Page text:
Political Power and the Kings Magic – Graeber and Lacan

short passage ( which expands the point of power’s symbolic base in my previous post)


(Tate Britain, Saturday 19 January, 2008)

by David Graeber
It is the peculiar feature of political life that within it, behavior that could only otherwise be considered insane is perfectly effective. If you managed to convince everyone on earth that you can breathe under water, it won’t make any difference: if you try it, you will still drown. On the other hand, if you could convince everyone in the entire world that you were King of France, then you would actually be the King of France. (In fact, it would probably work just to convince a substantial portion of the French civil service and military.)
This is the essence of politics. Politics is that dimension of social life in which things really do become true if enough people believe them. The problem is that in order to play the game effectively, one can never acknowledge its essence. No king would openly admit he is king just because people think he is. Political power has to be constantly recreated by persuading others to recognize one’s power; to do so, one pretty much invariably has to convince them that one’s power has some basis other than their recognition. That basis may be almost anything—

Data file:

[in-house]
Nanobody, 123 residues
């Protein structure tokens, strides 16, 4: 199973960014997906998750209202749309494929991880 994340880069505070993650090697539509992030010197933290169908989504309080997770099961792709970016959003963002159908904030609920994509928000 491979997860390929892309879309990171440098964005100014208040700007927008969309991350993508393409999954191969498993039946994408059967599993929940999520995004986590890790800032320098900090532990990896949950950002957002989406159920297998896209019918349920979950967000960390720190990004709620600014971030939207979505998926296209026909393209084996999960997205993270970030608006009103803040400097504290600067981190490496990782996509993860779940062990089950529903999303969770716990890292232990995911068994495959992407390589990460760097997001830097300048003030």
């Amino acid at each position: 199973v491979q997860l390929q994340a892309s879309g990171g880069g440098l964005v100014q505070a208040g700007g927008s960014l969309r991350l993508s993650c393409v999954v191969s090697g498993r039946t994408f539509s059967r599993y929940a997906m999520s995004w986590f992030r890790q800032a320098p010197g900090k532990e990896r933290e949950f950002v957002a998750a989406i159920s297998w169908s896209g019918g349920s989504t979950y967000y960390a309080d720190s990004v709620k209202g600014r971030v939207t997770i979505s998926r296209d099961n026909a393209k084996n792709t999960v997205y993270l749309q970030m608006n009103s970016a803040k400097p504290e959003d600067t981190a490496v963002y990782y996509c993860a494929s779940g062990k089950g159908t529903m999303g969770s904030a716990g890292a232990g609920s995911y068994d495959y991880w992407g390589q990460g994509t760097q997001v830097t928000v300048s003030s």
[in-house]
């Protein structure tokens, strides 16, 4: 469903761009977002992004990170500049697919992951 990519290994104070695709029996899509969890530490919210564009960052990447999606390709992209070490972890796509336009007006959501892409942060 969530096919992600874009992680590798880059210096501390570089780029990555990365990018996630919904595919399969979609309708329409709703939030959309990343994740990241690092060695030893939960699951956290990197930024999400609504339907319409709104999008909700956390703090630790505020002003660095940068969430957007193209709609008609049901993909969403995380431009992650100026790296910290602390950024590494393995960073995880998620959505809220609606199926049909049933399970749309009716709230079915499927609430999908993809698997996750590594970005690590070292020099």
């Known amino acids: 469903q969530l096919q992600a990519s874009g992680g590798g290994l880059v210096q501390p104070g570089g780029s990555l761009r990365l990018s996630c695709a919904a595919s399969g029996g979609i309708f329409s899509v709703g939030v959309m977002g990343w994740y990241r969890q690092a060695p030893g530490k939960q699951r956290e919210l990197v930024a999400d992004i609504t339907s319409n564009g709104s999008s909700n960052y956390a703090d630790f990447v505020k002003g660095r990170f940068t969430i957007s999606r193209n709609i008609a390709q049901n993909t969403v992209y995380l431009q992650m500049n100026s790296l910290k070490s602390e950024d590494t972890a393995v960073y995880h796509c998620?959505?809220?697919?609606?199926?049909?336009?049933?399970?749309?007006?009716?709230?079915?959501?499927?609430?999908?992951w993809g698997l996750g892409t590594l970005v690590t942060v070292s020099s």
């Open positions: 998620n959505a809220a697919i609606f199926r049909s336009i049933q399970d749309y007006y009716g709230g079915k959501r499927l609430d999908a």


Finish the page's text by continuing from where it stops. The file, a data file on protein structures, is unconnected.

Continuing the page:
divine grace, character, genealogy, national destiny. But “make me your leader because if you do, I will be your leader” is not in itself a particularly compelling argument.

In this sense politics is very similar to magic, which in most times and places—as I discovered in Madagascar—is simultaneously recognized as something that works because people believe that it works; but also, that only works because people do not believe it works only because people believe it works. For this why magic, whether in ancient Thessaly or the contemporary Trobriand Islands, always seems to dwell in an uncertain territory somewhere between poetic expression and outright fraud. And of course the same can usually be said of politics”


also the Lacan and the Crazy King thing, from  “Everything Politics is, Chomsky is not”  by Henrik Jøker Bjerre

This is why Lacan famously stated that the madman, who thinks that he is a king, is no crazier than the king, who thinks that he is a king. In as far as the king identifies with his symbolic mandate to such a degree that he doesn’t see that that is all it is, or in other words: in as far as he believes that there is no difference between his position of enunciation and the content of what he is (described as), he is as crazy as the madman. Another Lacanian paraphrase of the cogito could thus be: “I don’t think, therefore I am (the king).”


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